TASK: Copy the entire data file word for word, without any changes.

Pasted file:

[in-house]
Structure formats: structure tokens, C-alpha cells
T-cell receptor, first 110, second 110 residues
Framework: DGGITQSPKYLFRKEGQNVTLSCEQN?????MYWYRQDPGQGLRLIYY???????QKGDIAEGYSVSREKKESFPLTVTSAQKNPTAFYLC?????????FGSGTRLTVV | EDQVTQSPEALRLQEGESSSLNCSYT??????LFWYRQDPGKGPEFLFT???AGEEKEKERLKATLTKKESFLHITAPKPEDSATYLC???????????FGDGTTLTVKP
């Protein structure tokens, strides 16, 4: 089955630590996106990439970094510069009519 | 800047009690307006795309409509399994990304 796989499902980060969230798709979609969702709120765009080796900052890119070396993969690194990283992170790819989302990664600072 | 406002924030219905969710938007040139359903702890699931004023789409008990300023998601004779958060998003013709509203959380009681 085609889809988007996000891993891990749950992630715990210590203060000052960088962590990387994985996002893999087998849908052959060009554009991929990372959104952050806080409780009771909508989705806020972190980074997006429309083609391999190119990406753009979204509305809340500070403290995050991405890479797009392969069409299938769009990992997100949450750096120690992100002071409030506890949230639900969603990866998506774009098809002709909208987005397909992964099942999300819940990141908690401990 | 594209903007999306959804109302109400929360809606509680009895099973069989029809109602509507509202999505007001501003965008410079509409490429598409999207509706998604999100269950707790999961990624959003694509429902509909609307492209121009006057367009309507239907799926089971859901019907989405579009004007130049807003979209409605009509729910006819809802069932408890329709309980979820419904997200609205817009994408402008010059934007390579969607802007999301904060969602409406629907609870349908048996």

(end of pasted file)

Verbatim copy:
[in-house]
Structure formats: structure tokens, C-alpha cells
T-cell receptor, first 110, second 110 residues
Framework: DGGITQSPKYLFRKEGQNVTLSCEQN?????MYWYRQDPGQGLRLIYY???????QKGDIAEGYSVSREKKESFPLTVTSAQKNPTAFYLC?????????FGSGTRLTVV | EDQVTQSPEALRLQEGESSSLNCSYT??????LFWYRQDPGKGPEFLFT???AGEEKEKERLKATLTKKESFLHITAPKPEDSATYLC???????????FGDGTTLTVKP
């Protein structure tokens, strides 16, 4: 089955630590996106990439970094510069009519 | 800047009690307006795309409509399994990304 796989499902980060969230798709979609969702709120765009080796900052890119070396993969690194990283992170790819989302990664600072 | 406002924030219905969710938007040139359903702890699931004023789409008990300023998601004779958060998003013709509203959380009681 085609889809988007996000891993891990749950992630715990210590203060000052960088962590990387994985996002893999087998849908052959060009554009991929990372959104952050806080409780009771909508989705806020972190980074997006429309083609391999190119990406753009979204509305809340500070403290995050991405890479797009392969069409299938769009990992997100949450750096120690992100002071409030506890949230639900969603990866998506774009098809002709909208987005397909992964099942999300819940990141908690401990 | 594209903007999306959804109302109400929360809606509680009895099973069989029809109602509507509202999505007001501003965008410079509409490429598409999207509706998604999100269950707790999961990624959003694509429902509909609307492209121009006057367009309507239907799926089971859901019907989405579009004007130049807003979209409605009509729910006819809802069932408890329709309980979820419904997200609205817009994408402008010059934007390579969607802007999301904060969602409406629907609870349908048996």